Fort Lee Likely to Get Red Light Cameras, Mayor Says
Mayor Mark Sokolich said he regrets not taking action sooner on a red light camera enforcement program for the borough, as the NJDOT lifted its temporary suspension of a pilot program in 21 towns.
After recently directing 21 of the 25 municipalities participating in a five-year red light camera pilot program, including neighboring Palisades Park and Englewood Cliffs, to temporarily suspend enforcement and “recertify” the timing of yellow lights, the New Jersey Department of Transportation (NJDOT) this week lifted the suspension.
Meanwhile, Fort Lee Mayor Mark Sokolich said Friday that although it might not prove to be a popular move with plenty of people in Fort Lee having expressed opposition to a red light came enforcement program in the borough, he plans to “revisit” the idea, and that the governing body is likely to move forward on it.
Prefacing his comments by saying that he always tries to make the best decisions for the community regardless of whether they’re difficult or potentially unpopular, Sokolich said he regrets not “dealing with these red light cameras two years ago.”
The NJDOT’s suspension order affected 63 of the 85 authorized red light camera intersections statewide, including Sylvan Avenue and East Palisade Avenue in Englewood Cliffs and four intersections in Palisades Park; towns were directed to temporarily stop issuing summonses based on video evidence, according to state transportation officials, who also said the pilot program legislation specified a formula “to determine the proper duration” of a yellow light that differed from the national standard.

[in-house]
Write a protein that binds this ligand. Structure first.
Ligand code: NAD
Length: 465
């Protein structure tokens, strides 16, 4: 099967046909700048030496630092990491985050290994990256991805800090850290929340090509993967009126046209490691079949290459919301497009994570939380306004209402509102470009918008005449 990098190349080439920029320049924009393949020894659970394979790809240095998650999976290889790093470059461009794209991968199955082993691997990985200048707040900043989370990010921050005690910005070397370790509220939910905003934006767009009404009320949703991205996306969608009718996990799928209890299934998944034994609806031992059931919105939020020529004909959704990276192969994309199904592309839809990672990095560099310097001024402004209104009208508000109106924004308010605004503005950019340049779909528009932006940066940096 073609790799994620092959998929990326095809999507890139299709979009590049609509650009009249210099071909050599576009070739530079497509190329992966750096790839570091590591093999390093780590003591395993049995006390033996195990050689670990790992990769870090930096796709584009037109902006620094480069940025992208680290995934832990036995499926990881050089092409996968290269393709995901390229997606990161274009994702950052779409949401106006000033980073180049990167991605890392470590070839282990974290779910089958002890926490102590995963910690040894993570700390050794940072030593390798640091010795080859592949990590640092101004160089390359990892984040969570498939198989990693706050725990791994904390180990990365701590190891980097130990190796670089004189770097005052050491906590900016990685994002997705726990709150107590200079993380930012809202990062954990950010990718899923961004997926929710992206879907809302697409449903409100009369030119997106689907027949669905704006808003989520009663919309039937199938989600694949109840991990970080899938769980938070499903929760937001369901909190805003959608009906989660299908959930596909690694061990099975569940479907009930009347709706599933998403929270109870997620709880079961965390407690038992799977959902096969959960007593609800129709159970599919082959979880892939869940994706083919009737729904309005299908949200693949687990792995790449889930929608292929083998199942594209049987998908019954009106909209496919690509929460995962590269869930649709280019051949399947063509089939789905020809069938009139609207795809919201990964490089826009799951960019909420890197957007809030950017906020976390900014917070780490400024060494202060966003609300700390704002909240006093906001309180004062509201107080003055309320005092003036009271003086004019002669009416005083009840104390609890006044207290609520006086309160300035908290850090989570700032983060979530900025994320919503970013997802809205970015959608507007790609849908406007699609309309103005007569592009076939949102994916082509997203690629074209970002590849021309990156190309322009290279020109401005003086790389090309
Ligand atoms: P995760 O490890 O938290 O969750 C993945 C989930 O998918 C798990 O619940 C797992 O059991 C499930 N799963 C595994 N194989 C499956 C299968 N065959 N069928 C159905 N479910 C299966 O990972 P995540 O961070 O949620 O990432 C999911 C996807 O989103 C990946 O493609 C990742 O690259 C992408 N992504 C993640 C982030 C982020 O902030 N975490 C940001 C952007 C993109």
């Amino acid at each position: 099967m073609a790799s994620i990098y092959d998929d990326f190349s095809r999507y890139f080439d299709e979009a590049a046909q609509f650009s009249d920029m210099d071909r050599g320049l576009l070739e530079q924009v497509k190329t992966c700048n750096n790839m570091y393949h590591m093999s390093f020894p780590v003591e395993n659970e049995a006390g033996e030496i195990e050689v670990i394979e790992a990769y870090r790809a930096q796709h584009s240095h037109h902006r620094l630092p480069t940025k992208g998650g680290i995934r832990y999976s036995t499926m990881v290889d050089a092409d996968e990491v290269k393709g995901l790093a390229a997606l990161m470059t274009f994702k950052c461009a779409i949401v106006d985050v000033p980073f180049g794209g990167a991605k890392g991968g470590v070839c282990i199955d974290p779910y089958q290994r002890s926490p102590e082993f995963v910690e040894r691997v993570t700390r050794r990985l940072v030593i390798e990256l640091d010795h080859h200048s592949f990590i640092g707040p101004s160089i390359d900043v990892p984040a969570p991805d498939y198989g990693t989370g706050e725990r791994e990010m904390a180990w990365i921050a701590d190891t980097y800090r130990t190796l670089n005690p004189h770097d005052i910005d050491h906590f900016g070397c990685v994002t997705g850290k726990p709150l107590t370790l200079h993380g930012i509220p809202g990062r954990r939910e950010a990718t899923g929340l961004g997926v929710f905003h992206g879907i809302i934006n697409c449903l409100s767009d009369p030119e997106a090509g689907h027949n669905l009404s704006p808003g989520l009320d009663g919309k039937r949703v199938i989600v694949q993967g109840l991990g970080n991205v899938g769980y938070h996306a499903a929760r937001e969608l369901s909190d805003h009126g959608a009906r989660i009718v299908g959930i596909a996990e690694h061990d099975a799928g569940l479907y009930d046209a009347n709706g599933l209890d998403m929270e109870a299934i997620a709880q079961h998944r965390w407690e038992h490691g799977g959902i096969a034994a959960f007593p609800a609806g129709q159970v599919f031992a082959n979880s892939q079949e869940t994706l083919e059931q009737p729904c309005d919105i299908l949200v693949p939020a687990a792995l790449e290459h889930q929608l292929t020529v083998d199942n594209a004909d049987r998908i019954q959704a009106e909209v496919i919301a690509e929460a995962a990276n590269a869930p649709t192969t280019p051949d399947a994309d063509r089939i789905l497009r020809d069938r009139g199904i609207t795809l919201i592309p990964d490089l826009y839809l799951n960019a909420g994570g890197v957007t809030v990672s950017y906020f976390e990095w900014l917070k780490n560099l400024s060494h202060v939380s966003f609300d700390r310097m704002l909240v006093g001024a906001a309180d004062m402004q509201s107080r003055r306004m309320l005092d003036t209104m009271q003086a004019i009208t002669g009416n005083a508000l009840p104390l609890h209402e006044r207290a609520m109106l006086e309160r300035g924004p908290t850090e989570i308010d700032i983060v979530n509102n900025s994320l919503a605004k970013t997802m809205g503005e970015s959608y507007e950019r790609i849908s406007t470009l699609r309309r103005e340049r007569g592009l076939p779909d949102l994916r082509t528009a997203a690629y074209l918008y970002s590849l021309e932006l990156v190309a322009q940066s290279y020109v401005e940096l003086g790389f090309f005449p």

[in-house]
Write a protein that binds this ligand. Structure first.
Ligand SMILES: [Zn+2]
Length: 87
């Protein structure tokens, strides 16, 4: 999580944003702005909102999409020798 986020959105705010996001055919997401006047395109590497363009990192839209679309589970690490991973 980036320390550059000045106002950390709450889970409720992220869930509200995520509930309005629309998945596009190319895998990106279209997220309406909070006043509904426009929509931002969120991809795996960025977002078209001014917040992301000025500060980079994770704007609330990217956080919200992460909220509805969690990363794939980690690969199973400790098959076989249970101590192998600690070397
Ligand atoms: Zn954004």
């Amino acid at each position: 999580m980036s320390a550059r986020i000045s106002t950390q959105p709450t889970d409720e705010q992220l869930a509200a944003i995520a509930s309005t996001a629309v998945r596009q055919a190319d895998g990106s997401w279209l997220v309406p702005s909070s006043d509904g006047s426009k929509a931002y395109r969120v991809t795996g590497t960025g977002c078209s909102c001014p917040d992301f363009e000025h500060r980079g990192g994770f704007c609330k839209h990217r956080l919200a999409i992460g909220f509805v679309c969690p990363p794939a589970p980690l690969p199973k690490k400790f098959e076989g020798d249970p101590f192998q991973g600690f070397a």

The Cameras didn’t have to be turned off, but each municipality was ordered to have a licensed engineer conduct a traffic analysis to ensure that the length of yellow lights met the minimum time required by law.
The affected municipalities were informed Tuesday that they can resume enforcement and also issue summonses for violations that occurred during the suspension period, officials said.
American Traffic Solutions (ATS), a vendor of red light cameras and a company that pitched its services to the Fort Lee Mayor and Council more than a year ago, issued a statement in response to the NJDOT’s announcement, saying the company was “pleased that [NJDOT] has confirmed what we’ve known all along.”
“All of the approaches monitored by ATS’ red-light safety cameras are now, and have always been in compliance with both state and federal yellow light timing standards,” the ATS statement read in part. “Overall, New Jersey’s red-light safety camera programs have been an overwhelming success.”
In January, the Fort Lee Mayor and Council discussed the possibility of putting out a request for proposals (RFP) for a red light camera program but took no action on the matter.
Sokolich said Friday that the governing body wasn’t “happy with the responses” it got, but that he anticipates it will take action “within the next month or two.”
“And I’m not going to deviate from the course,” Sokolich said, insisting that such an enforcement program isn’t designed “to ticket my own community.”
Instead, the mayor said, it’s designed to make dangerous intersections safer and to generate revenue for the borough, much of which he said will come from non-residents “who are just using [Fort Lee] as a cut-through.”
“Fort Lee is blessed or cursed, depending on how you look at it, with several very, very busy intersections, where, during peak morning and afternoon rush, I would venture to guess that less than 1 percent of the traffic volume is generated by residents from Fort Lee,” Sokolich said.
One example is Route 46 and Fletcher Avenue, although it’s not the only “viable intersection” borough officials would be looking at for red light cameras, according to Sokolich, who estimated that that intersection alone could bring in $100,000 to $200,000 a month.
“And we wouldn’t be picking on our own residents,” Sokolich said. “We would be, quite frankly, dealing with a lot of violators that merely use Fort Lee as a shortcut to the bridge.”
In June, Police Chief Thomas Ripoli said there are “negatives and positives” to red light camera enforcement programs, but that he would defer to the Mayor and Council when it comes to the question of whether to institute such a program in Fort Lee.
For a complete list of the 85 intersections approved for red light camera enforcement in New Jersey, click here.